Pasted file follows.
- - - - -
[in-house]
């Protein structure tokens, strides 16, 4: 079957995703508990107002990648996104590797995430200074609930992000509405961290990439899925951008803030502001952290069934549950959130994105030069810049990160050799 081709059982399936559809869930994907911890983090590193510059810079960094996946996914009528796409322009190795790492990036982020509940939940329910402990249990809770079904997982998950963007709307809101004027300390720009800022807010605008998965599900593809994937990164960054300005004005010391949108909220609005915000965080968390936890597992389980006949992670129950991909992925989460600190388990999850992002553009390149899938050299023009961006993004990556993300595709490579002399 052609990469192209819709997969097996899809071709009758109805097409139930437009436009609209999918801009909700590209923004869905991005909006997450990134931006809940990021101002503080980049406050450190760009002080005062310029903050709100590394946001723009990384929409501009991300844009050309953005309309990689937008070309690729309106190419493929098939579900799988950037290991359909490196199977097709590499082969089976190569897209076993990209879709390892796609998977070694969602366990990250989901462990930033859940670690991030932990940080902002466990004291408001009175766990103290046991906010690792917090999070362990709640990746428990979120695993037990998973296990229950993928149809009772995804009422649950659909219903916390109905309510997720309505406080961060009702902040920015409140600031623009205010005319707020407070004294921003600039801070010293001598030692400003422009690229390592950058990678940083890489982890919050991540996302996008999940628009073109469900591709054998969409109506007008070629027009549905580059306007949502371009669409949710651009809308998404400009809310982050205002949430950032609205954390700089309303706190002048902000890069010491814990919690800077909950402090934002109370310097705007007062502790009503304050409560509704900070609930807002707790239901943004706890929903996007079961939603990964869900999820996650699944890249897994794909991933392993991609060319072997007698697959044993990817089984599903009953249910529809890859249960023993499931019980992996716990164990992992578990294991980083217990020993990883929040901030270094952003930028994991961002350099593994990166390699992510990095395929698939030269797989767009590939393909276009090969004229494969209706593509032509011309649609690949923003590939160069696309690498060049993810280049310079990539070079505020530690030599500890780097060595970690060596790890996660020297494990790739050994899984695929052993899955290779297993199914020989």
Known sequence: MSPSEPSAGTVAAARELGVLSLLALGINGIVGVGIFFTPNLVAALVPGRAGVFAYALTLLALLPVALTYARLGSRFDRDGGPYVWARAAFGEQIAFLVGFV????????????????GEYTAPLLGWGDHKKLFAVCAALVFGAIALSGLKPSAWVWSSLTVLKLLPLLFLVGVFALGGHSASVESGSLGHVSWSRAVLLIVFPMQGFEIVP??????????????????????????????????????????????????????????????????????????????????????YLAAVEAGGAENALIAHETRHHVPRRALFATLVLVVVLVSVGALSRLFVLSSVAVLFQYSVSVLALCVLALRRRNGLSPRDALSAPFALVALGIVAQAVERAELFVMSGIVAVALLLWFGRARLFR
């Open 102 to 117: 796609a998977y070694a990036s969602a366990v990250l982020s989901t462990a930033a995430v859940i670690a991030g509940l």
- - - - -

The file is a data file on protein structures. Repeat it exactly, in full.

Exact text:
[in-house]
């Protein structure tokens, strides 16, 4: 079957995703508990107002990648996104590797995430200074609930992000509405961290990439899925951008803030502001952290069934549950959130994105030069810049990160050799 081709059982399936559809869930994907911890983090590193510059810079960094996946996914009528796409322009190795790492990036982020509940939940329910402990249990809770079904997982998950963007709307809101004027300390720009800022807010605008998965599900593809994937990164960054300005004005010391949108909220609005915000965080968390936890597992389980006949992670129950991909992925989460600190388990999850992002553009390149899938050299023009961006993004990556993300595709490579002399 052609990469192209819709997969097996899809071709009758109805097409139930437009436009609209999918801009909700590209923004869905991005909006997450990134931006809940990021101002503080980049406050450190760009002080005062310029903050709100590394946001723009990384929409501009991300844009050309953005309309990689937008070309690729309106190419493929098939579900799988950037290991359909490196199977097709590499082969089976190569897209076993990209879709390892796609998977070694969602366990990250989901462990930033859940670690991030932990940080902002466990004291408001009175766990103290046991906010690792917090999070362990709640990746428990979120695993037990998973296990229950993928149809009772995804009422649950659909219903916390109905309510997720309505406080961060009702902040920015409140600031623009205010005319707020407070004294921003600039801070010293001598030692400003422009690229390592950058990678940083890489982890919050991540996302996008999940628009073109469900591709054998969409109506007008070629027009549905580059306007949502371009669409949710651009809308998404400009809310982050205002949430950032609205954390700089309303706190002048902000890069010491814990919690800077909950402090934002109370310097705007007062502790009503304050409560509704900070609930807002707790239901943004706890929903996007079961939603990964869900999820996650699944890249897994794909991933392993991609060319072997007698697959044993990817089984599903009953249910529809890859249960023993499931019980992996716990164990992992578990294991980083217990020993990883929040901030270094952003930028994991961002350099593994990166390699992510990095395929698939030269797989767009590939393909276009090969004229494969209706593509032509011309649609690949923003590939160069696309690498060049993810280049310079990539070079505020530690030599500890780097060595970690060596790890996660020297494990790739050994899984695929052993899955290779297993199914020989």
Known sequence: MSPSEPSAGTVAAARELGVLSLLALGINGIVGVGIFFTPNLVAALVPGRAGVFAYALTLLALLPVALTYARLGSRFDRDGGPYVWARAAFGEQIAFLVGFV????????????????GEYTAPLLGWGDHKKLFAVCAALVFGAIALSGLKPSAWVWSSLTVLKLLPLLFLVGVFALGGHSASVESGSLGHVSWSRAVLLIVFPMQGFEIVP??????????????????????????????????????????????????????????????????????????????????????YLAAVEAGGAENALIAHETRHHVPRRALFATLVLVVVLVSVGALSRLFVLSSVAVLFQYSVSVLALCVLALRRRNGLSPRDALSAPFALVALGIVAQAVERAELFVMSGIVAVALLLWFGRARLFR
């Open 102 to 117: 796609a998977y070694a990036s969602a366990v990250l982020s989901t462990a930033a995430v859940i670690a991030g509940l």